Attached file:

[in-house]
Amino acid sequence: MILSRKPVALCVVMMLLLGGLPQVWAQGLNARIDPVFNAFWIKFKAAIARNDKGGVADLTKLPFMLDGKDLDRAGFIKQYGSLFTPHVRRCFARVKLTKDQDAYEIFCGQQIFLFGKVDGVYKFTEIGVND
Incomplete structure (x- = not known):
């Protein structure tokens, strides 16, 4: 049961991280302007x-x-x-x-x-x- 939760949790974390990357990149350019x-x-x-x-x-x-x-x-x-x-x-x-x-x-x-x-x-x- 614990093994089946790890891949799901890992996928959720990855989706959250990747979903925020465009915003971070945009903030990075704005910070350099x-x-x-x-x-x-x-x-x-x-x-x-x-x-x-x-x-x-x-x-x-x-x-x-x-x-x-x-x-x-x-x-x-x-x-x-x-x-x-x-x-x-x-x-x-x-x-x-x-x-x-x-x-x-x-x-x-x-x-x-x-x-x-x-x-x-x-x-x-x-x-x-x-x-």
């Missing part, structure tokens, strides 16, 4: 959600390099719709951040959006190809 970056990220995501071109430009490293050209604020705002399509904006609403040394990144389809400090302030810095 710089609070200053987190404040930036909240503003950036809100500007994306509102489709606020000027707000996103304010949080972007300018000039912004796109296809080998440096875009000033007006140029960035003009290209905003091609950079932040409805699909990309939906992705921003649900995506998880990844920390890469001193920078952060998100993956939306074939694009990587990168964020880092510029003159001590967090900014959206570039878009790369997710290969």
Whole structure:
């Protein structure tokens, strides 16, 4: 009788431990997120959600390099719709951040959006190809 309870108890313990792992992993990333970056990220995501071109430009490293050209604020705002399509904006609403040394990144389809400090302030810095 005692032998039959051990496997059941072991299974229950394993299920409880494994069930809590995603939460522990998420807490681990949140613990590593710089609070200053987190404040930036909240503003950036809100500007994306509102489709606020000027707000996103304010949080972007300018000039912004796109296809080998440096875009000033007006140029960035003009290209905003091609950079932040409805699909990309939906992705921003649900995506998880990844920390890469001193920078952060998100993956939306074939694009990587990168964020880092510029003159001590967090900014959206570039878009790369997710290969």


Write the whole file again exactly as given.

[in-house]
Amino acid sequence: MILSRKPVALCVVMMLLLGGLPQVWAQGLNARIDPVFNAFWIKFKAAIARNDKGGVADLTKLPFMLDGKDLDRAGFIKQYGSLFTPHVRRCFARVKLTKDQDAYEIFCGQQIFLFGKVDGVYKFTEIGVND
Incomplete structure (x- = not known):
């Protein structure tokens, strides 16, 4: 049961991280302007x-x-x-x-x-x- 939760949790974390990357990149350019x-x-x-x-x-x-x-x-x-x-x-x-x-x-x-x-x-x- 614990093994089946790890891949799901890992996928959720990855989706959250990747979903925020465009915003971070945009903030990075704005910070350099x-x-x-x-x-x-x-x-x-x-x-x-x-x-x-x-x-x-x-x-x-x-x-x-x-x-x-x-x-x-x-x-x-x-x-x-x-x-x-x-x-x-x-x-x-x-x-x-x-x-x-x-x-x-x-x-x-x-x-x-x-x-x-x-x-x-x-x-x-x-x-x-x-x-």
């Missing part, structure tokens, strides 16, 4: 959600390099719709951040959006190809 970056990220995501071109430009490293050209604020705002399509904006609403040394990144389809400090302030810095 710089609070200053987190404040930036909240503003950036809100500007994306509102489709606020000027707000996103304010949080972007300018000039912004796109296809080998440096875009000033007006140029960035003009290209905003091609950079932040409805699909990309939906992705921003649900995506998880990844920390890469001193920078952060998100993956939306074939694009990587990168964020880092510029003159001590967090900014959206570039878009790369997710290969």
Whole structure:
């Protein structure tokens, strides 16, 4: 009788431990997120959600390099719709951040959006190809 309870108890313990792992992993990333970056990220995501071109430009490293050209604020705002399509904006609403040394990144389809400090302030810095 005692032998039959051990496997059941072991299974229950394993299920409880494994069930809590995603939460522990998420807490681990949140613990590593710089609070200053987190404040930036909240503003950036809100500007994306509102489709606020000027707000996103304010949080972007300018000039912004796109296809080998440096875009000033007006140029960035003009290209905003091609950079932040409805699909990309939906992705921003649900995506998880990844920390890469001193920078952060998100993956939306074939694009990587990168964020880092510029003159001590967090900014959206570039878009790369997710290969």